Agriculture Workshop Comment Number: AGW-13695

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Comment Number: AGW-13695

From: Laurie Bostic
Sent: Tuesday, December 29, 2009 1:11 PM
To: ATR-Agricultural Workshops
Subject: Comments Regarding Agriculture and Antitrust Enforcement Issues in Our 21st Century Economy


I am a small-acreage, all-natural farmer of vegetable, fruit, herb, and fruit crops.  
I am concerned that so few large food producers are in such great control of our country's food supply.  The reason these companies have reached such great power is a direct result of their abuse of our country's environment and its creatures.  They by and large do not produce healthy food.  The crops produced to grow such food are often largely government subsidized, and often are processed into many other types of calorie-rich, nutrient-sparse foods.  These foods appear cheap to the average consumer (particularly the poor), because the true total cost of the food is not reflected in its purchase price, including the energy it took to :
- produce the food -- maintaining a large monoculture of the same crop grown in the same fields year after year is much more deleterious to the environment than more sustainable methods such as regular crop rotations; synthetic fertilizers are much more expensive and toxic than more natural methods such as good composting and crop rotations; it takes a lot more energy to "sanitize" (the large Ag company's term for killing everything) the soil and then fertilize it to plant another huge crop of the same thing in a field that's been grown there year after year than it is to continually enrich the soil with compost and rotate crops; 
- harvest and package the food -- it takes a lot of petroleum and electricity to run those huge machines that pick all those perfect, bug-free, identical plants that produce multitudes of the same variety, shape, and size of the same huge crop monocultures year after year;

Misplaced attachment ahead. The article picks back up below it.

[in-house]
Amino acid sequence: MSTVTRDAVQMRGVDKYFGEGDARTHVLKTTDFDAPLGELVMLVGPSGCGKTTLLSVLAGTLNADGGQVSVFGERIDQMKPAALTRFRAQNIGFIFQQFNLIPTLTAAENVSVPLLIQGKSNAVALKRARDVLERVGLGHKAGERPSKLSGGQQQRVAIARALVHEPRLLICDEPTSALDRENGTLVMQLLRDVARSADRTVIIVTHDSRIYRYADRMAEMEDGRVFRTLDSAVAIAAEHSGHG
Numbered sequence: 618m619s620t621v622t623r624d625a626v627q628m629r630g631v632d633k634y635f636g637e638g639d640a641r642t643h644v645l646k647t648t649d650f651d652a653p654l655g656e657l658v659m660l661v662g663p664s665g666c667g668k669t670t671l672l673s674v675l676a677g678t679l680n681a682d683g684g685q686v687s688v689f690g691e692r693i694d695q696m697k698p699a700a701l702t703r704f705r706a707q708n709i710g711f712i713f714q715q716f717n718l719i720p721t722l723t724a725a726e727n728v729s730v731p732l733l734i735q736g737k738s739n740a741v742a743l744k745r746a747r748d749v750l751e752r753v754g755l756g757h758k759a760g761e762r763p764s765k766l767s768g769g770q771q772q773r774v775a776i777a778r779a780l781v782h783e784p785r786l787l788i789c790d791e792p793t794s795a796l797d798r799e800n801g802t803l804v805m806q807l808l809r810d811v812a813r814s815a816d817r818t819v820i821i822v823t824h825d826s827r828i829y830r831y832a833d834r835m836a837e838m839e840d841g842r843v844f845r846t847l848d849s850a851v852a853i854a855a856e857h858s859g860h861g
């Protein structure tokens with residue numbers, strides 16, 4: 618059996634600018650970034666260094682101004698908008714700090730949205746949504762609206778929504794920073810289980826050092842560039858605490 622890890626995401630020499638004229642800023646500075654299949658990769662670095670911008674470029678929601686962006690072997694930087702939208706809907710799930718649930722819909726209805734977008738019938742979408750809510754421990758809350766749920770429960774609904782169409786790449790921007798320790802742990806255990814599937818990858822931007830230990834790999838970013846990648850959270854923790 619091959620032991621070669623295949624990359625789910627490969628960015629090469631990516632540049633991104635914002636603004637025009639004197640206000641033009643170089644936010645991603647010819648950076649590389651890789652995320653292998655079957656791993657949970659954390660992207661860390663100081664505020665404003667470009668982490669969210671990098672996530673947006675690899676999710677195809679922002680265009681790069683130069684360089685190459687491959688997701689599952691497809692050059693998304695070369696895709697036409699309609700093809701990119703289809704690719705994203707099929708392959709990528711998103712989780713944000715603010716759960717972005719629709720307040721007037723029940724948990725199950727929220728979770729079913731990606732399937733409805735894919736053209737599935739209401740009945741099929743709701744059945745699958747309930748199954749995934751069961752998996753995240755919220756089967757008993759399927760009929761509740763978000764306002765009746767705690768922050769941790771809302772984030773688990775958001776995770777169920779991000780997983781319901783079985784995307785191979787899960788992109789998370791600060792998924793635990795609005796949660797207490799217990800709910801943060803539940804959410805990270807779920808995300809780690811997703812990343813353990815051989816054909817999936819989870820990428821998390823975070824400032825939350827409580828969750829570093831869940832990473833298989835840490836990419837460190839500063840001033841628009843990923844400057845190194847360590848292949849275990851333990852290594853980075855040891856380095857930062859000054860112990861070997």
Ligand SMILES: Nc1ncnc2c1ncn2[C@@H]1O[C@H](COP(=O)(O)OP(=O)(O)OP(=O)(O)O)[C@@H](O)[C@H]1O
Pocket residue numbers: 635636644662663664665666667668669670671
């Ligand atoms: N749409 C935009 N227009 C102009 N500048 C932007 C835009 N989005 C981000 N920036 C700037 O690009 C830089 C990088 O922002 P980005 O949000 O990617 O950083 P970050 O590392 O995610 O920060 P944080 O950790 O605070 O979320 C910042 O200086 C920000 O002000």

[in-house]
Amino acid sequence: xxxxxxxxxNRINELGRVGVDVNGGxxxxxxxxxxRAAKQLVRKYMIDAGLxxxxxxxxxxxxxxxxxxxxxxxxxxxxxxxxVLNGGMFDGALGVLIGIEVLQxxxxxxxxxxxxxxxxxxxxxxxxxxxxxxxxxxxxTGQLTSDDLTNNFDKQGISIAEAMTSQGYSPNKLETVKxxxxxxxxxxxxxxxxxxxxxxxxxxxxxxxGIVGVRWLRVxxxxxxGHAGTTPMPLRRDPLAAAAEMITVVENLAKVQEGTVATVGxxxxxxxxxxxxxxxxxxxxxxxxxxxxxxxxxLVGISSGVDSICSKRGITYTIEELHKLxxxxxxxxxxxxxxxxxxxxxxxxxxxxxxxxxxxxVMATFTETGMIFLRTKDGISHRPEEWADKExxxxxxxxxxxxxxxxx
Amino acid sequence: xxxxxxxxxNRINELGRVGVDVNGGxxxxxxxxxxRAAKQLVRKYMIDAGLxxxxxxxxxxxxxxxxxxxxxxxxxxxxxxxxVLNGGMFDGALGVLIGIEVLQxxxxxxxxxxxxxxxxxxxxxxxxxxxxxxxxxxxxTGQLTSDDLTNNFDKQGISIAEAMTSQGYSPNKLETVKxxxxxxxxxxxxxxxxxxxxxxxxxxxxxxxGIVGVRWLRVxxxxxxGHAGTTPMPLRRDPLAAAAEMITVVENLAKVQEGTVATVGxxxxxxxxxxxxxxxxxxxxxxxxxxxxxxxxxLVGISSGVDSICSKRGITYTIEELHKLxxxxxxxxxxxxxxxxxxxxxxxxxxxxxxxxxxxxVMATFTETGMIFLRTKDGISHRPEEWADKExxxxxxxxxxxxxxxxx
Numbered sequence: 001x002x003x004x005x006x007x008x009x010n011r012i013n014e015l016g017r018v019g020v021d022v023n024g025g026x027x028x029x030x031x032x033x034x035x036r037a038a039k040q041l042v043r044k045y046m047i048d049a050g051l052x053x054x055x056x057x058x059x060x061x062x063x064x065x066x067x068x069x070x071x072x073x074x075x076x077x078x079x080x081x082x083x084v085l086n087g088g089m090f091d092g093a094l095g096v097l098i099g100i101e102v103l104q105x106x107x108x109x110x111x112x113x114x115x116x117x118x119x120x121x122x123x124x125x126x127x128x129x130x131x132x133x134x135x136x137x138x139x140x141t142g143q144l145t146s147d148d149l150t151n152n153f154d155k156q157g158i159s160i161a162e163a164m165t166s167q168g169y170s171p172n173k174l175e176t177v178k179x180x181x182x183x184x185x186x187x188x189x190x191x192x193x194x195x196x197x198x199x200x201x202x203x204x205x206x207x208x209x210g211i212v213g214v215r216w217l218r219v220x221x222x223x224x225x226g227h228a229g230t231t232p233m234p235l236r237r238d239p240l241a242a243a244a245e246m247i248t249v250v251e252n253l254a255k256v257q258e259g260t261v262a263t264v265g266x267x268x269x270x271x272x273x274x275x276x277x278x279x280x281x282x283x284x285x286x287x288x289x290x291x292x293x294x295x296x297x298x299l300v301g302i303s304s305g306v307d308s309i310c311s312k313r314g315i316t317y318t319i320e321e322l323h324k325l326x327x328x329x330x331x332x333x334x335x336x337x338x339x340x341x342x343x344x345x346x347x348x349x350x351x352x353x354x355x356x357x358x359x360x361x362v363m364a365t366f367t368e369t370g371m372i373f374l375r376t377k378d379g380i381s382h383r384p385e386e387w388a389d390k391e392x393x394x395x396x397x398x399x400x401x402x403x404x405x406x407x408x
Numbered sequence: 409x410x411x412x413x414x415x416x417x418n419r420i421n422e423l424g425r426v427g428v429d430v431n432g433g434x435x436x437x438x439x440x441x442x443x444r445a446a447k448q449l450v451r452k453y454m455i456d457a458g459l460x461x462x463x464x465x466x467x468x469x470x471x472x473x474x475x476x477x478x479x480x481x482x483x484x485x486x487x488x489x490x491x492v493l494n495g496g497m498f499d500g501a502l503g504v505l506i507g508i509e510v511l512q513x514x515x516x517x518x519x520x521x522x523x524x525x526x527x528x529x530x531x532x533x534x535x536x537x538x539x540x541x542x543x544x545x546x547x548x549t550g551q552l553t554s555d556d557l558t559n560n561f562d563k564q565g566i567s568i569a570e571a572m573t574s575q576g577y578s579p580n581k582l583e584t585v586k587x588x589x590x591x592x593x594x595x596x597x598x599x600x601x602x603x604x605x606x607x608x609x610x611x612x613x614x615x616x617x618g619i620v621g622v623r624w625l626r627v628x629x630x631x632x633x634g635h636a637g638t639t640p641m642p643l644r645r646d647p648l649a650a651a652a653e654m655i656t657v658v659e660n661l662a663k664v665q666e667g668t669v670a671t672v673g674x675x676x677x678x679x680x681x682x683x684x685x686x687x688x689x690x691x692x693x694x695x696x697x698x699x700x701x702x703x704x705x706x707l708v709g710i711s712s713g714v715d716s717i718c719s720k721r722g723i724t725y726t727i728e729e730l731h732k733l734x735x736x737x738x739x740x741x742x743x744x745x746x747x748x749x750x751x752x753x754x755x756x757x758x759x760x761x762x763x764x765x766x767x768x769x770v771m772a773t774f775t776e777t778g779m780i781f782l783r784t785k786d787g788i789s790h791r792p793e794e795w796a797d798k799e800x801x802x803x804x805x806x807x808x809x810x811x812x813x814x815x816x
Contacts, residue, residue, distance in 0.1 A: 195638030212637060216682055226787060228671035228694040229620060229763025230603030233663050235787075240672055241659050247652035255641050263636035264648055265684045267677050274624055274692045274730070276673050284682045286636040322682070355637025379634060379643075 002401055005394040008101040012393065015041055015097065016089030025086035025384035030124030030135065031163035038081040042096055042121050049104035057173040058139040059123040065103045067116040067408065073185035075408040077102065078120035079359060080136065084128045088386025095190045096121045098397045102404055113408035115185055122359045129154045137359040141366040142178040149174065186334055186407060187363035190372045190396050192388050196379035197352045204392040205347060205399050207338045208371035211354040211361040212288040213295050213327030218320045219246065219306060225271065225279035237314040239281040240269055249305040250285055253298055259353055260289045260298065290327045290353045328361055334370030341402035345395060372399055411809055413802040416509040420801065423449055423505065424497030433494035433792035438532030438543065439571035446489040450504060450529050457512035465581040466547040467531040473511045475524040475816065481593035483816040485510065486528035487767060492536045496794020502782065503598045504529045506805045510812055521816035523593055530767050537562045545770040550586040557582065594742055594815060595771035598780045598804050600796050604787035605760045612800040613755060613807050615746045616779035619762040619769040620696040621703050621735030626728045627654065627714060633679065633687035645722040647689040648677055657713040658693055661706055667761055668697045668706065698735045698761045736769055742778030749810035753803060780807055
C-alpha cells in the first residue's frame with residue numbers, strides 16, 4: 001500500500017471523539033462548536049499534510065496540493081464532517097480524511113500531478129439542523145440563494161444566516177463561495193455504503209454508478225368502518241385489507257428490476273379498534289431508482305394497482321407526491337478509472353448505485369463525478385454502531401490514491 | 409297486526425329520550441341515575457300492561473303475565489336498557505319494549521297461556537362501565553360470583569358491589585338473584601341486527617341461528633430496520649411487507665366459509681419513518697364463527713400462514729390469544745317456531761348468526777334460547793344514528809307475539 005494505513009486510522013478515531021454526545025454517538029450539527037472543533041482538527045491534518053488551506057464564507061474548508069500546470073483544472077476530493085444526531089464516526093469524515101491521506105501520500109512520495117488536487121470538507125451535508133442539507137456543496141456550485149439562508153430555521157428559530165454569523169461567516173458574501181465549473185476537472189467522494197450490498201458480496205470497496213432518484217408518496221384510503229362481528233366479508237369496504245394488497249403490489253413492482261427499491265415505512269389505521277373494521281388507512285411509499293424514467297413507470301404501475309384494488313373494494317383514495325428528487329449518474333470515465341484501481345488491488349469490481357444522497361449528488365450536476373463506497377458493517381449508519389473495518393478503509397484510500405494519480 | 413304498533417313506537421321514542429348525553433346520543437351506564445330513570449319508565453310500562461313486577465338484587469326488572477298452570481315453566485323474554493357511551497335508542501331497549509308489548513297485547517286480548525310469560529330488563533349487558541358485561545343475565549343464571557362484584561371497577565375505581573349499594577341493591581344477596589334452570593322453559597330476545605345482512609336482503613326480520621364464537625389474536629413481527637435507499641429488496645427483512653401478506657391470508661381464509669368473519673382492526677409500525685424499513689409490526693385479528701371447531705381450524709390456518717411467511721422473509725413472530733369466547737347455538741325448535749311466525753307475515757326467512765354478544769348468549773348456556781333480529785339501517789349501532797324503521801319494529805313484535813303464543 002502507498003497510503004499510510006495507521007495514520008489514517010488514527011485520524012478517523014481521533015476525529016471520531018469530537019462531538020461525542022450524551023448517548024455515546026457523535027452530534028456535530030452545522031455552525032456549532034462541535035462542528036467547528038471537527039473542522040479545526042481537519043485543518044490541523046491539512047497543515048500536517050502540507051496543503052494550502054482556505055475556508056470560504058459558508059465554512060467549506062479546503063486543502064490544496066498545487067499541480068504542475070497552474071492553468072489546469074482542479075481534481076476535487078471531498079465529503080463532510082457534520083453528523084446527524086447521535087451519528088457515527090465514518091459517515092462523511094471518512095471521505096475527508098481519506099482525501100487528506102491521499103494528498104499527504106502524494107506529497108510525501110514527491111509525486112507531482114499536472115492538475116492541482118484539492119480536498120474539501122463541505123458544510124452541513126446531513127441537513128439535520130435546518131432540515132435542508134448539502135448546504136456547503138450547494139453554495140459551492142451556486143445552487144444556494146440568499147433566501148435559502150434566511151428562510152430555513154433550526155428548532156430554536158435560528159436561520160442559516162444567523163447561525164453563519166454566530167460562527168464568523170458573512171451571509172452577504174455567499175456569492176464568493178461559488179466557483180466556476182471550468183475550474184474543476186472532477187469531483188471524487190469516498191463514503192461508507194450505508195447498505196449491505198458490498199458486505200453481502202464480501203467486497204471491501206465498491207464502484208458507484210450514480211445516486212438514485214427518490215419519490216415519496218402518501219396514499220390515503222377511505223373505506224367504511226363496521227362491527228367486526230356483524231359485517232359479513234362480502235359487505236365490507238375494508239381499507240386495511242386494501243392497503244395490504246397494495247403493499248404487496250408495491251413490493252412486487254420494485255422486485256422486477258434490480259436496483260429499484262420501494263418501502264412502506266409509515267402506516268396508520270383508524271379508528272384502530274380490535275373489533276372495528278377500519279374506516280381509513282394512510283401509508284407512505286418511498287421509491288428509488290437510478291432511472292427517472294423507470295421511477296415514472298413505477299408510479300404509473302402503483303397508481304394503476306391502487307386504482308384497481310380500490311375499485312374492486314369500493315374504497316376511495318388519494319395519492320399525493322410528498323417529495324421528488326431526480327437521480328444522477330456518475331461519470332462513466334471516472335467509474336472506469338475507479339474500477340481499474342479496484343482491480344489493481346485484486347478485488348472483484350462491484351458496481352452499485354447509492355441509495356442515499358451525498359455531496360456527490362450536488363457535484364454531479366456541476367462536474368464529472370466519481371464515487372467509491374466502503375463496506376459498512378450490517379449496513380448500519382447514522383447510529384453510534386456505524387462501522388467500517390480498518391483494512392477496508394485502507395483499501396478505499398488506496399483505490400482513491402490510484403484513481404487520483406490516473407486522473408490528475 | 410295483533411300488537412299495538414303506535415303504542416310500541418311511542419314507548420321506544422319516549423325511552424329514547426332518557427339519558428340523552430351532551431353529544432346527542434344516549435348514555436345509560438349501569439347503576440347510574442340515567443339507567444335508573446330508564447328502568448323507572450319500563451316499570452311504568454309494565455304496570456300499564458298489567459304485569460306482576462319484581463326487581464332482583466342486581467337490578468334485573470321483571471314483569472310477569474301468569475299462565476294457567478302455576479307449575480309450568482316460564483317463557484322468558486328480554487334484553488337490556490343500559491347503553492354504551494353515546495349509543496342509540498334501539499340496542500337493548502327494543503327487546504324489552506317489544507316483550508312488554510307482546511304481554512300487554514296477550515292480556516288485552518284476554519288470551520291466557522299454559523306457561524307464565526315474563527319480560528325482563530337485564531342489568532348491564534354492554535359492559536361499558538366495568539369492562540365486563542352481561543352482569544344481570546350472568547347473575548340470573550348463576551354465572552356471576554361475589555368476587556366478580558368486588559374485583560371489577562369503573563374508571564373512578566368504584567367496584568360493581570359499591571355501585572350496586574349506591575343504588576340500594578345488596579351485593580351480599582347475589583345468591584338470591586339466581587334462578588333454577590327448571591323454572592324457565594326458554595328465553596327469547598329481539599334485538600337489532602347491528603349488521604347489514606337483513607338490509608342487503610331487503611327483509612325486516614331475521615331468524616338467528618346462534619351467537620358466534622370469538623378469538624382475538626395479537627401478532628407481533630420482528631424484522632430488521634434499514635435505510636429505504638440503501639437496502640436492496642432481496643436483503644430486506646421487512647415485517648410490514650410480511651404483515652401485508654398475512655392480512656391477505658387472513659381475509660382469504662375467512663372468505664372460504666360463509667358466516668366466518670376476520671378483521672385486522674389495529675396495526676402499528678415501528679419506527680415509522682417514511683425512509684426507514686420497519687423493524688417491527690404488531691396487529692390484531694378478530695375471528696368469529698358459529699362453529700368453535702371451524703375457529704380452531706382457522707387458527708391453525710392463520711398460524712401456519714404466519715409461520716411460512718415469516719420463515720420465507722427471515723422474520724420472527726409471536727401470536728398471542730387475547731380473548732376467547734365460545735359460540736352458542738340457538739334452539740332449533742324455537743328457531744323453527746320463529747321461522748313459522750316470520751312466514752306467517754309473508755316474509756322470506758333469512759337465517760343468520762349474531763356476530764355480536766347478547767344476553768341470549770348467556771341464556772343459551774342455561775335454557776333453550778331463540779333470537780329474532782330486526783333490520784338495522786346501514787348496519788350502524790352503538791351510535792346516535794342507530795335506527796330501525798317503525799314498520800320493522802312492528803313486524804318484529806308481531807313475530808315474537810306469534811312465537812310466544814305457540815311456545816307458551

- and to deliver those foods -- it still takes a lot more petroleum and wear and tear on the roads to deliver a tracker trailer load of food over several hundreds of miles with perhaps several stops at various distribution/storage points along the way than for a local farmer to load up a much smaller load of the same type of crop in their delivery truck and take it a few miles to market.
Aside from the energy costs, there is a tremendous price all of us taxpayers pay in terms of subsidizing medical costs for many of those in the high percentage of the U.S. population that are overweight largely as a result of consuming these unhealthy foods.  Yes, every one of us is responsible for what goes into our mouths and can say no to fast food.  However, our society is bombarded every day by advertising from the fast food industry and the pharmaceutical industry that encourages us to buy this unhealthy food and then either take a (expensive) pill or get a (expensive) surgical procedure that will fix all of our problems.  The small farmers of the country don't have those deep pockets to fight the big ag and big pharma companies because our values are different: we believe if you eat healthily and take care of yourself, by and large you don't need many of those pharmaceuticals much of the rest of our society has come to rely on.